Thill M.,University of Hamburg |
Grierson R.,University of Hamburg |
Reinhart I.,University of Hamburg |
Voelkel T.,Miltenyi Biotec GmbH |
And 6 more authors.
Melanoma Research | Year: 2011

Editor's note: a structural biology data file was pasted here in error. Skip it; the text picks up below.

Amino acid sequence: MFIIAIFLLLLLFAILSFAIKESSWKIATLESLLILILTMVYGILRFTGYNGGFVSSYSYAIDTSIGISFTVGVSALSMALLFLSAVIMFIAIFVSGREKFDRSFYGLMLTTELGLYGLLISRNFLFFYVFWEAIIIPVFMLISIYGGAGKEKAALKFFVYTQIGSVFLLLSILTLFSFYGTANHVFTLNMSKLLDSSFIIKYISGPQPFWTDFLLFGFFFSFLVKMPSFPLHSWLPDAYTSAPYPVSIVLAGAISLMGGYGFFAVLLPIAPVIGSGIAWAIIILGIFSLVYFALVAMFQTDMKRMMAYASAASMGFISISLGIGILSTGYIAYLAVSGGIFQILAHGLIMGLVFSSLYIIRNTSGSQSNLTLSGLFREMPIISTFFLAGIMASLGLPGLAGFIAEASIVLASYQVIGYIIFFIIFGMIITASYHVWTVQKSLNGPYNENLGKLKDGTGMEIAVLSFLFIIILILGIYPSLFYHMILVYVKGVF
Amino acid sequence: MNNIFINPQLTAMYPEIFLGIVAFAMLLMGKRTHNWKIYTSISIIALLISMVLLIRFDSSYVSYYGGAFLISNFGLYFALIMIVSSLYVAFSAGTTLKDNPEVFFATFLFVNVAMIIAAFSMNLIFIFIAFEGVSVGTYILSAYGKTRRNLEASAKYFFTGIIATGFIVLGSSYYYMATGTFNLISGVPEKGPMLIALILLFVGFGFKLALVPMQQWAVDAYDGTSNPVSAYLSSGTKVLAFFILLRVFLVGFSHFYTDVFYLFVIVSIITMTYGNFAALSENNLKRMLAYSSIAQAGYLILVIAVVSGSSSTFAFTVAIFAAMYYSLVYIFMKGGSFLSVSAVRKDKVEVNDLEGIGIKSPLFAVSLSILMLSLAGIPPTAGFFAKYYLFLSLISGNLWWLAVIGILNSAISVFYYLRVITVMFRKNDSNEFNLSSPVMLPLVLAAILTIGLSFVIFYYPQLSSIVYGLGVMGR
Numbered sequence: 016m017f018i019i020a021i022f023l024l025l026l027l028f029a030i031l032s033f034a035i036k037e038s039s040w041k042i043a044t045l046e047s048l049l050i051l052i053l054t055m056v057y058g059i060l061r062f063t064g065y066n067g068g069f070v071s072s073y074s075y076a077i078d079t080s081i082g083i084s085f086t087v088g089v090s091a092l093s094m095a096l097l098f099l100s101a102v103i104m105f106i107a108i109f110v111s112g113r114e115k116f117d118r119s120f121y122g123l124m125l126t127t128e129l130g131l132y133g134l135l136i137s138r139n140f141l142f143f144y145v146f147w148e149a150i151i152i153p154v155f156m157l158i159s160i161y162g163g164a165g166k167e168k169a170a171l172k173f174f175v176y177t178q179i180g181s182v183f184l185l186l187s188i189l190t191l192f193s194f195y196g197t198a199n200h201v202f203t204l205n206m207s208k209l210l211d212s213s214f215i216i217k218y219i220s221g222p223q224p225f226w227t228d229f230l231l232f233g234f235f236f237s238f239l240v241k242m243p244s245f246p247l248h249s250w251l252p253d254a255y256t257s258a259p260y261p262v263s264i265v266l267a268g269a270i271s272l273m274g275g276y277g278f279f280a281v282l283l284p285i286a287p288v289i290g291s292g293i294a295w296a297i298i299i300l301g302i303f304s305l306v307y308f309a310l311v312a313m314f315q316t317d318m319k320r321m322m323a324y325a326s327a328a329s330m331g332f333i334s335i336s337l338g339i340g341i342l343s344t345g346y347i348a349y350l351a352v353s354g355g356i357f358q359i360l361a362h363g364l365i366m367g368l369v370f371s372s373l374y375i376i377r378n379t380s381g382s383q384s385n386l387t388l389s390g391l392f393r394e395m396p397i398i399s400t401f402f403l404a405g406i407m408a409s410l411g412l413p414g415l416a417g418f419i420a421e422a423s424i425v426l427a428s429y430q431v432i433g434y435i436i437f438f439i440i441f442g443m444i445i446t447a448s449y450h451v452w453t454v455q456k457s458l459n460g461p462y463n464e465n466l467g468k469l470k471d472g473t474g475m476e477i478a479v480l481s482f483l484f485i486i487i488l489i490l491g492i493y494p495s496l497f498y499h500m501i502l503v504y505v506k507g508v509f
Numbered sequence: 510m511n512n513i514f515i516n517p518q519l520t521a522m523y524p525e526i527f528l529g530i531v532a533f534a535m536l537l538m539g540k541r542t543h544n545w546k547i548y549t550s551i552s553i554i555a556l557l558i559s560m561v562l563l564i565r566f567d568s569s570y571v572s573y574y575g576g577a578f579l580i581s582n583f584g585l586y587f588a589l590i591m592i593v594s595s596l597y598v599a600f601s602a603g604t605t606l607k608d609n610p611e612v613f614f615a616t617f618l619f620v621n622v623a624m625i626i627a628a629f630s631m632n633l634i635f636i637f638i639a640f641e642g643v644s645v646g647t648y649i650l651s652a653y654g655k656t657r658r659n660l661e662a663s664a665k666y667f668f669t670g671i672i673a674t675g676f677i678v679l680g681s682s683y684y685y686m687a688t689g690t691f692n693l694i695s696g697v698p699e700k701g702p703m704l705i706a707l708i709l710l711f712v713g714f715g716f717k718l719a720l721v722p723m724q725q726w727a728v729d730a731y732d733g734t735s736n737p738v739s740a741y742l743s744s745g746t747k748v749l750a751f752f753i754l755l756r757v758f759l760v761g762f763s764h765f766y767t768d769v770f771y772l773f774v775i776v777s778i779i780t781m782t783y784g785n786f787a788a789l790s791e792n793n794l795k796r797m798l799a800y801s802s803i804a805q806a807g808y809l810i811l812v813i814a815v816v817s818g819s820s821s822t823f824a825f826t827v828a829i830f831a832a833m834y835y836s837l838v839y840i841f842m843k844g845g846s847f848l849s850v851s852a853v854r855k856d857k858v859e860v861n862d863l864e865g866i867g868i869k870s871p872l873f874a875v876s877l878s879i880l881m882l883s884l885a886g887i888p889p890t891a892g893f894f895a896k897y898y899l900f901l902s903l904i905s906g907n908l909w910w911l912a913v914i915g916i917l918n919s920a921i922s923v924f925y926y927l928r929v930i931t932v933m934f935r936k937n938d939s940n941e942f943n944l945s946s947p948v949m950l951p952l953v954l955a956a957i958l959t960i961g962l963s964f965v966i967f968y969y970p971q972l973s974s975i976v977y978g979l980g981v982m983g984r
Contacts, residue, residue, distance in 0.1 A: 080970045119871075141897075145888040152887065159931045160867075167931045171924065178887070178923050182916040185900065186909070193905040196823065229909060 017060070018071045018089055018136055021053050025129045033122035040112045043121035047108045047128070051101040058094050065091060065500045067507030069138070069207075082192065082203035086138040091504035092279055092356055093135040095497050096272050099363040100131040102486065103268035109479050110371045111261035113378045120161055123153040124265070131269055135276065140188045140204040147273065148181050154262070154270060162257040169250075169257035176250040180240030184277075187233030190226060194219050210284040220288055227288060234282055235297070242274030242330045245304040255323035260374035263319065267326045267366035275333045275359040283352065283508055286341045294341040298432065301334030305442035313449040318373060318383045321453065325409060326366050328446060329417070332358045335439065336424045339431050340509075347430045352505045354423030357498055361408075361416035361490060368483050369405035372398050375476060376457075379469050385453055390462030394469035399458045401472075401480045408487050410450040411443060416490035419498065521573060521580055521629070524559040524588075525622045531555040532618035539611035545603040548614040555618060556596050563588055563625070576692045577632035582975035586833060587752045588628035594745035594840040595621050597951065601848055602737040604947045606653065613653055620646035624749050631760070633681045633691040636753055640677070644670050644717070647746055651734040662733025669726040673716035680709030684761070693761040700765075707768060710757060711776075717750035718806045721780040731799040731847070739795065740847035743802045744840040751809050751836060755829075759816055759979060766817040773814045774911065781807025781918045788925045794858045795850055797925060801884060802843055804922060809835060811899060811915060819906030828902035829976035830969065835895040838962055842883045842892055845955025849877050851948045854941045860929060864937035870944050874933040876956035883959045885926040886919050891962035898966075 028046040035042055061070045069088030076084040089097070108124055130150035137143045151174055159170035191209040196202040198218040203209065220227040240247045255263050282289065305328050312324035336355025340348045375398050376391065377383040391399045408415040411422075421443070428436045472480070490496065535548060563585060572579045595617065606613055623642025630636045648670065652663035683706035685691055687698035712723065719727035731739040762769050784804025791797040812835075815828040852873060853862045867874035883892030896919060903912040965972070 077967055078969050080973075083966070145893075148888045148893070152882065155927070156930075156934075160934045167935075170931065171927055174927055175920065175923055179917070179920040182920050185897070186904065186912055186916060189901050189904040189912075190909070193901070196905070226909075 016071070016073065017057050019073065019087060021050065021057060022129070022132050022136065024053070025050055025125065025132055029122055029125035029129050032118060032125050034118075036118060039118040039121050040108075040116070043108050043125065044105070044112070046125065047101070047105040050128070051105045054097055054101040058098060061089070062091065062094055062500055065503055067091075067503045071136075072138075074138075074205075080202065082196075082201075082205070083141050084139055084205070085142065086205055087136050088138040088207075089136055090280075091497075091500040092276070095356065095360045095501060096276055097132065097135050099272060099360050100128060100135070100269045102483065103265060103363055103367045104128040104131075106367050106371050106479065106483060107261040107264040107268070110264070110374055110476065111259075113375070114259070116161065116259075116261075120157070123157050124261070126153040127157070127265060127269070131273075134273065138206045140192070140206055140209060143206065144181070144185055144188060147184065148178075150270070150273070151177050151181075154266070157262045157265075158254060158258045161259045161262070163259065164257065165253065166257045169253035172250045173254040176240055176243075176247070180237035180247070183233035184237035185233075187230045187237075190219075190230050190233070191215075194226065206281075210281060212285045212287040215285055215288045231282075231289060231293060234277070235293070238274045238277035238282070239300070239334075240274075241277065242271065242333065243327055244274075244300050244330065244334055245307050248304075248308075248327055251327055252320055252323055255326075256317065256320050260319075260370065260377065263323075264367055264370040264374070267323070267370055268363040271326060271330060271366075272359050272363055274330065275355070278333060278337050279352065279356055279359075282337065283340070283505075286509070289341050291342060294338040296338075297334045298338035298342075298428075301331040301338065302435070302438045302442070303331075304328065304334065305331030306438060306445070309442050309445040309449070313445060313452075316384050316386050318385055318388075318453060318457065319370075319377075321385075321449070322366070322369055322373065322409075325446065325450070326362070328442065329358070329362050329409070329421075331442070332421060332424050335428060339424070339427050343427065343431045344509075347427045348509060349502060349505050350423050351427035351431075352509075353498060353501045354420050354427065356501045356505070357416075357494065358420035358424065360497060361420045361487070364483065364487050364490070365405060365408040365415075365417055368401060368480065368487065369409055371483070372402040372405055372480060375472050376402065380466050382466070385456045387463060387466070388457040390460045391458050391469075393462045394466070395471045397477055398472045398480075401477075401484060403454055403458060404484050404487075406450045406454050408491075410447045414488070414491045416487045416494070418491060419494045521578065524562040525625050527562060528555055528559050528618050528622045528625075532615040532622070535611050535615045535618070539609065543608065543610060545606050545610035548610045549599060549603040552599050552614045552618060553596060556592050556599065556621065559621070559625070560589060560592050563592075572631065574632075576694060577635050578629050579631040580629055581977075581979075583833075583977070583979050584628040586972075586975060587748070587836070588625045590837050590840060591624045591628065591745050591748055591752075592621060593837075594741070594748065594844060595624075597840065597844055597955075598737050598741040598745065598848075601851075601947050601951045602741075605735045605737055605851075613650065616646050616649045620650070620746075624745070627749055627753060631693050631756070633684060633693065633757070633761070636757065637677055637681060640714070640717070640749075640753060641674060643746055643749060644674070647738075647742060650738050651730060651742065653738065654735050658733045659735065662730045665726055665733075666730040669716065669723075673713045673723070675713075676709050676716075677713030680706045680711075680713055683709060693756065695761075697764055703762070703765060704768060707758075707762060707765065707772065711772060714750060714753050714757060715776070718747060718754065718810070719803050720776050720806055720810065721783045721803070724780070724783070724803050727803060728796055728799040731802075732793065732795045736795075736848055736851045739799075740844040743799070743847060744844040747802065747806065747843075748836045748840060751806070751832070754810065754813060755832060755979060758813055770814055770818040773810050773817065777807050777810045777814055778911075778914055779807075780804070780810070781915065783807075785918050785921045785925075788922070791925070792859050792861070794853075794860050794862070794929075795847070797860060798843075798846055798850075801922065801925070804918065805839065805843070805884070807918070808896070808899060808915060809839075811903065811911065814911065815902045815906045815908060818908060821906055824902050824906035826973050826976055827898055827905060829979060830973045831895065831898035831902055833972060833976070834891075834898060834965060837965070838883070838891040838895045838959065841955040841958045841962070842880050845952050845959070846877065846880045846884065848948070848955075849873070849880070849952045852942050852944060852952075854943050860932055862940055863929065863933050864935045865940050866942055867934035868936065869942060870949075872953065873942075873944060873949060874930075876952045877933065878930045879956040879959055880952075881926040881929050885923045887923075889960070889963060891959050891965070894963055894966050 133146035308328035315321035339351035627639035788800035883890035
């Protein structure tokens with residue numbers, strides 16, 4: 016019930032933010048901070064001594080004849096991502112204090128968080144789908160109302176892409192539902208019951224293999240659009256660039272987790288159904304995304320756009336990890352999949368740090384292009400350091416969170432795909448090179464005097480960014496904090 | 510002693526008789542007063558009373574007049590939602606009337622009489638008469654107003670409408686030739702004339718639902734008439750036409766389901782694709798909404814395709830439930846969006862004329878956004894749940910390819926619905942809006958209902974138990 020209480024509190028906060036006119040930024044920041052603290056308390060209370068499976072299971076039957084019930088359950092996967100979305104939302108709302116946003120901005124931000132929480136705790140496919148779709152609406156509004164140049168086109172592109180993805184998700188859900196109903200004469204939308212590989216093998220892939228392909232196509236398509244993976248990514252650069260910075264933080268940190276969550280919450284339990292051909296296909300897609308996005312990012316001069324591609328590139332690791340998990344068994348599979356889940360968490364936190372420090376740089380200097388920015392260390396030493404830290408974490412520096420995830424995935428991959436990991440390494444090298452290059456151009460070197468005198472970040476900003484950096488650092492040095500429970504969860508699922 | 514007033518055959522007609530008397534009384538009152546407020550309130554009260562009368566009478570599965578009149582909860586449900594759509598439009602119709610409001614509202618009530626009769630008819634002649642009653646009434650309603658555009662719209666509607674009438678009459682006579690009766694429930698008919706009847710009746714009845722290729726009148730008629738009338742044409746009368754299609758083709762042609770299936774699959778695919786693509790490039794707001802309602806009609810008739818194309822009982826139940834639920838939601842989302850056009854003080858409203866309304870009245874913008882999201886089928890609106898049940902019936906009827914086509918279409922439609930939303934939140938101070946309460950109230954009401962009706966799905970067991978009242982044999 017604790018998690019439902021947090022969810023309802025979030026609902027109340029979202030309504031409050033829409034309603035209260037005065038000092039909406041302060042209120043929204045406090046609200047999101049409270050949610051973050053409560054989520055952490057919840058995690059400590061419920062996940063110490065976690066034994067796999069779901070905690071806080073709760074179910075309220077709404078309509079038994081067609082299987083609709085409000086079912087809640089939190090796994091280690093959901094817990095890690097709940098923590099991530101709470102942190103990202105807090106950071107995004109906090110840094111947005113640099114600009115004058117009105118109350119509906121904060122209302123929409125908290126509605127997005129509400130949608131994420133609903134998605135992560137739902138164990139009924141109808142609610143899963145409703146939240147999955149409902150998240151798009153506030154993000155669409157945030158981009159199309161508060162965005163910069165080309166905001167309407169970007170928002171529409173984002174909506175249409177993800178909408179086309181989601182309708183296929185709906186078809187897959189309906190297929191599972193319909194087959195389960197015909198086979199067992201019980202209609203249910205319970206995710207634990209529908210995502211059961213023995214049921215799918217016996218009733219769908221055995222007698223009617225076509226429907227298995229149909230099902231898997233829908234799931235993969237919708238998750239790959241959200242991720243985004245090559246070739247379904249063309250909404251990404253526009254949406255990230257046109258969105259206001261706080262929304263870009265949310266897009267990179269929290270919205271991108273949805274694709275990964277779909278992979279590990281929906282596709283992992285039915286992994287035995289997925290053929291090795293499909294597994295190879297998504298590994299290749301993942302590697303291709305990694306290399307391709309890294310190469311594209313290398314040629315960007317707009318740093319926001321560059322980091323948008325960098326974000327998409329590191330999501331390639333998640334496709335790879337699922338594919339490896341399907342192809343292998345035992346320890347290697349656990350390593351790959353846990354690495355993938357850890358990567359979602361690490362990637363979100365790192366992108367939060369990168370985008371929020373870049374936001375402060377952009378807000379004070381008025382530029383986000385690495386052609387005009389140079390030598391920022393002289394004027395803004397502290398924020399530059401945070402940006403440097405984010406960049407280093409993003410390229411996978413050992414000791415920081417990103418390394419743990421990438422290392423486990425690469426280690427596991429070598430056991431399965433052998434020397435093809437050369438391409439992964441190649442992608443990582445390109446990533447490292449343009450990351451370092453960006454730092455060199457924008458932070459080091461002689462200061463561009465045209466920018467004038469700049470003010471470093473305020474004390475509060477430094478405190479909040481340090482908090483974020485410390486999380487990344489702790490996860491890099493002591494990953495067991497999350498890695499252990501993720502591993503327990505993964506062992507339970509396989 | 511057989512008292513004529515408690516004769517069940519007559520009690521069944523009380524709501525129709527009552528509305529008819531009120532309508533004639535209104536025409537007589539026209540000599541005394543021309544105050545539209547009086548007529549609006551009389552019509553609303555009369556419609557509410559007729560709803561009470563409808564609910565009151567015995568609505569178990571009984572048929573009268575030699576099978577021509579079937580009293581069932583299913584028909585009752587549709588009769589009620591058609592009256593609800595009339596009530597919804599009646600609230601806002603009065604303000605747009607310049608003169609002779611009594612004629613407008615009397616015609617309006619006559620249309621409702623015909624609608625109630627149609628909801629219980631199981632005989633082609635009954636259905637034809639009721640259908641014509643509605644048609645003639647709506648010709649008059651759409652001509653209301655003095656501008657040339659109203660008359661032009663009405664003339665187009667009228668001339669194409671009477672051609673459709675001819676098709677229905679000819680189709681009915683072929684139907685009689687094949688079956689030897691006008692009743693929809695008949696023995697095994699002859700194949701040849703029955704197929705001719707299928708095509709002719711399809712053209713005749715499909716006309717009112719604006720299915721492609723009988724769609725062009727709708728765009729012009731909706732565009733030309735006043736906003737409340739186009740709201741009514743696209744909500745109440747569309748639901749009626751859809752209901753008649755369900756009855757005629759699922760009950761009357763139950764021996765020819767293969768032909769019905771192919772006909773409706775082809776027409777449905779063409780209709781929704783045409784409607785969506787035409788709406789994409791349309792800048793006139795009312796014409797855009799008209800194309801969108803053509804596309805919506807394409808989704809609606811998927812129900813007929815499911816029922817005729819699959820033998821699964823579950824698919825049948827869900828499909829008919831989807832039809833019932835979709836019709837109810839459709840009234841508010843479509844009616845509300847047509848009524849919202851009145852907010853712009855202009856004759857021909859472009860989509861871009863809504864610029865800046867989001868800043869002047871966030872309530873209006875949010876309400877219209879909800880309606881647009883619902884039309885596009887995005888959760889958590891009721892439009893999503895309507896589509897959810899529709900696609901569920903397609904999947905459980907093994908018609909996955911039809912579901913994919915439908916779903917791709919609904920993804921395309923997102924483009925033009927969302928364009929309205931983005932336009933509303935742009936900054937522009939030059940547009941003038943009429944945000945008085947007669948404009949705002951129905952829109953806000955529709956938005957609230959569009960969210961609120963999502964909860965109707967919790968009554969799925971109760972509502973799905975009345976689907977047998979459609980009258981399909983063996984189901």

'Cancer stem cells' (CSCs) are tumor cells with stem cell properties hypothesized to be responsible for tumorigenesis, metastatis, and resistance to treatment, and have been identified in different tumors including cutaneous melanoma, using stem cell markers such as CD133. This study explored expression of CD133 and other putative stem cell markers in uveal melanoma. Eight uveal melanoma cell lines were subjected to flow-cytometric (fluorescence-activated cell sorting) analysis of CD133 and other stem cell markers. Eight paraffin-embedded tumors were analyzed by immunohistochemistry for CD133, Pax6, Musashi, nestin, Sox2, ABCB5, and CD68 expressions. Ocular, uveal melanoma, and hematopoietic stem cell distributions of C-terminal and N-terminal CD133 mRNA splice variants were compared by reverse-transcription PCR. Fluorescence- activated cell sorting analysis revealed a population of CD133-positive/nestin- positive cells in cell lines Mel270, OMM 2.3, and OMM2.5. All cell lines studied were positive for nestin, CXCR-4, CD44, and c-kit. Immunohistochemistry identified cells positive for CD133, Pax6, Musashi, nestin, Sox2, ABCB5, and CD68 predominantly at the invading tumor front. C-terminal primers interacting with CD133 splice variant s2 detected a novel variant lacking exon 27. Differential expression of CD133 splice variants was found in iris, ciliary body, retina, and retinal pigment epithelium/choroid as well as in uveal melanoma cell lines. mRNA for nestin, Sox2, and Musashi was present in all studied cell lines. Uveal melanoma such as cutaneous melanoma may therefore contain CSCs. Further experiments are needed to isolate stem cell marker-positive cells, to evaluate their functional properties and to explore therapeutical approaches to these putative CSCs in uveal melanoma. © 2011 Wolters Kluwer Health | Lippincott Williams &Wilkins. Source